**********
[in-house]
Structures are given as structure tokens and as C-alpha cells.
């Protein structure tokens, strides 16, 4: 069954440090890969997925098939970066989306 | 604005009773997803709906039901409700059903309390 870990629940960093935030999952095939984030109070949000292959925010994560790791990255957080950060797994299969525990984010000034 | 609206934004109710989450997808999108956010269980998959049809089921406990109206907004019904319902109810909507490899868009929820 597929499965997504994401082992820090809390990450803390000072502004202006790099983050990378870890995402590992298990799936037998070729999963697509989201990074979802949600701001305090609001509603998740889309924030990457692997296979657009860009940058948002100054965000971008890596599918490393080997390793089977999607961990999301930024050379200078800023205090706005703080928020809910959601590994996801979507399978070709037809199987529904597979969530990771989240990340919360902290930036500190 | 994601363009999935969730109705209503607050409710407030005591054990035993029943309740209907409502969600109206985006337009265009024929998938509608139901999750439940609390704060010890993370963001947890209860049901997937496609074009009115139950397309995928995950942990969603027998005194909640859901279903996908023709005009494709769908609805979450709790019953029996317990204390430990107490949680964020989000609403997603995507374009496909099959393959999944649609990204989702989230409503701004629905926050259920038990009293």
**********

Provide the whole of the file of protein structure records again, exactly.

[in-house]
Structures are given as structure tokens and as C-alpha cells.
């Protein structure tokens, strides 16, 4: 069954440090890969997925098939970066989306 | 604005009773997803709906039901409700059903309390 870990629940960093935030999952095939984030109070949000292959925010994560790791990255957080950060797994299969525990984010000034 | 609206934004109710989450997808999108956010269980998959049809089921406990109206907004019904319902109810909507490899868009929820 597929499965997504994401082992820090809390990450803390000072502004202006790099983050990378870890995402590992298990799936037998070729999963697509989201990074979802949600701001305090609001509603998740889309924030990457692997296979657009860009940058948002100054965000971008890596599918490393080997390793089977999607961990999301930024050379200078800023205090706005703080928020809910959601590994996801979507399978070709037809199987529904597979969530990771989240990340919360902290930036500190 | 994601363009999935969730109705209503607050409710407030005591054990035993029943309740209907409502969600109206985006337009265009024929998938509608139901999750439940609390704060010890993370963001947890209860049901997937496609074009009115139950397309995928995950942990969603027998005194909640859901279903996908023709005009494709769908609805979450709790019953029996317990204390430990107490949680964020989000609403997603995507374009496909099959393959999944649609990204989702989230409503701004629905926050259920038990009293």